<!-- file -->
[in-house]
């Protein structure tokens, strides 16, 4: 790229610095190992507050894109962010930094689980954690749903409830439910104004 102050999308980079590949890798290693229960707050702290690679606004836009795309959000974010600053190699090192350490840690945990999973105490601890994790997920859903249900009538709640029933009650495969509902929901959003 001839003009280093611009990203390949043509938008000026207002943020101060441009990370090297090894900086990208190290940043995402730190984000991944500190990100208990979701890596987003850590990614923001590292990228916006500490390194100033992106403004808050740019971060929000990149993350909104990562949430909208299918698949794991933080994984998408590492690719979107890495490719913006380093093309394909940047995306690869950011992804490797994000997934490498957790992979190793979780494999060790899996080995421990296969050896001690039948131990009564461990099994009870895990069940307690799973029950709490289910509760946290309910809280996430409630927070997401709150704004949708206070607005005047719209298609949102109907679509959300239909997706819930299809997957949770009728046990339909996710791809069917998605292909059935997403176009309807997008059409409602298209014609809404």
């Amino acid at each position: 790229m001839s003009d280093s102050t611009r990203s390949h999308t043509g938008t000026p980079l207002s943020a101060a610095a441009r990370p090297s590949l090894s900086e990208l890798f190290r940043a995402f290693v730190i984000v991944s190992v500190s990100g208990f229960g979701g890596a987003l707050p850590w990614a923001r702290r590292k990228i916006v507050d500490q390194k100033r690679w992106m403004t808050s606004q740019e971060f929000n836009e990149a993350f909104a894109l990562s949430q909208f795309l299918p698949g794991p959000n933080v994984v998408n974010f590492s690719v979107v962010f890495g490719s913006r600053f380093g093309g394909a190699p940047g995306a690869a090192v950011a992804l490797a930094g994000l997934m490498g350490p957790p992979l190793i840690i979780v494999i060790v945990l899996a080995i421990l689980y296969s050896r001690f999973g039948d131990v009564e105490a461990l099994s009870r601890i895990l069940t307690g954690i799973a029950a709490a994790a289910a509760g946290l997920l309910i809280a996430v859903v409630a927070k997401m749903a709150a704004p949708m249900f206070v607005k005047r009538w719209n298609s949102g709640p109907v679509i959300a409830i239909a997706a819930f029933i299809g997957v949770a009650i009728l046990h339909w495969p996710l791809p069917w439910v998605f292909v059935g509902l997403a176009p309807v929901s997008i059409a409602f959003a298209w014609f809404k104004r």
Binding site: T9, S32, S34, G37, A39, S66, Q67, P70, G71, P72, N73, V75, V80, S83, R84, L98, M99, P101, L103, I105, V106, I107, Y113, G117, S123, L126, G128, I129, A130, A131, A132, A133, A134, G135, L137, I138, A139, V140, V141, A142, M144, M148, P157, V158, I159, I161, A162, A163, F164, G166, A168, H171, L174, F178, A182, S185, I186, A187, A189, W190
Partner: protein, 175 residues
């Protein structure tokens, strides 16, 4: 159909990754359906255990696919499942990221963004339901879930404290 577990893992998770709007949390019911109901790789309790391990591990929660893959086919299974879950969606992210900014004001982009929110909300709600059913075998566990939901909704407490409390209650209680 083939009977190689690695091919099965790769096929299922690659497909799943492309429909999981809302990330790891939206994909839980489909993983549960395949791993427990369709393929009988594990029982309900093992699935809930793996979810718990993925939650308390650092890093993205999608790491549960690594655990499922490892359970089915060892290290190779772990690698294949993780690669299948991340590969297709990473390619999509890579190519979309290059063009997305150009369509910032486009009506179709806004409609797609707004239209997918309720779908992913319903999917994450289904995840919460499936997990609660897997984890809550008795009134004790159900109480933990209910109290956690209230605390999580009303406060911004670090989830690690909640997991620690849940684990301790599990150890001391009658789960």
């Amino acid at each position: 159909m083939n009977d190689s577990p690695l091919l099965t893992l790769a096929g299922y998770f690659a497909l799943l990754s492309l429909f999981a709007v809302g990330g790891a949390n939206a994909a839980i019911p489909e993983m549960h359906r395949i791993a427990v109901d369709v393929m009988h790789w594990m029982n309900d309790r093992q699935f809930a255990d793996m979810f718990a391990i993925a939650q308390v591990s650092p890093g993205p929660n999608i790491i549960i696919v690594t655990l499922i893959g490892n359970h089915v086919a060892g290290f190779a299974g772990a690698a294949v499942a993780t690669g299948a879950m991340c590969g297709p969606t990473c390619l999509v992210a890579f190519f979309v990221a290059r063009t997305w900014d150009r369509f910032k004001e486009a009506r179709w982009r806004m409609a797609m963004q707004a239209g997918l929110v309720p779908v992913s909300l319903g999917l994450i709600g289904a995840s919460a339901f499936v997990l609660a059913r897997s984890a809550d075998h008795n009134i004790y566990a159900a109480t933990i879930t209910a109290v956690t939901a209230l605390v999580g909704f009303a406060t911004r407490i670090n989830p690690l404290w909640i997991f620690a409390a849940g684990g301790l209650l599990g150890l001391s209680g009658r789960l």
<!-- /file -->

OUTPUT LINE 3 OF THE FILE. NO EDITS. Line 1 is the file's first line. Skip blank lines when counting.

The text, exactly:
């Amino acid at each position: 790229m001839s003009d280093s102050t611009r990203s390949h999308t043509g938008t000026p980079l207002s943020a101060a610095a441009r990370p090297s590949l090894s900086e990208l890798f190290r940043a995402f290693v730190i984000v991944s190992v500190s990100g208990f229960g979701g890596a987003l707050p850590w990614a923001r702290r590292k990228i916006v507050d500490q390194k100033r690679w992106m403004t808050s606004q740019e971060f929000n836009e990149a993350f909104a894109l990562s949430q909208f795309l299918p698949g794991p959000n933080v994984v998408n974010f590492s690719v979107v962010f890495g490719s913006r600053f380093g093309g394909a190699p940047g995306a690869a090192v950011a992804l490797a930094g994000l997934m490498g350490p957790p992979l190793i840690i979780v494999i060790v945990l899996a080995i421990l689980y296969s050896r001690f999973g039948d131990v009564e105490a461990l099994s009870r601890i895990l069940t307690g954690i799973a029950a709490a994790a289910a509760g946290l997920l309910i809280a996430v859903v409630a927070k997401m749903a709150a704004p949708m249900f206070v607005k005047r009538w719209n298609s949102g709640p109907v679509i959300a409830i239909a997706a819930f029933i299809g997957v949770a009650i009728l046990h339909w495969p996710l791809p069917w439910v998605f292909v059935g509902l997403a176009p309807v929901s997008i059409a409602f959003a298209w014609f809404k104004r």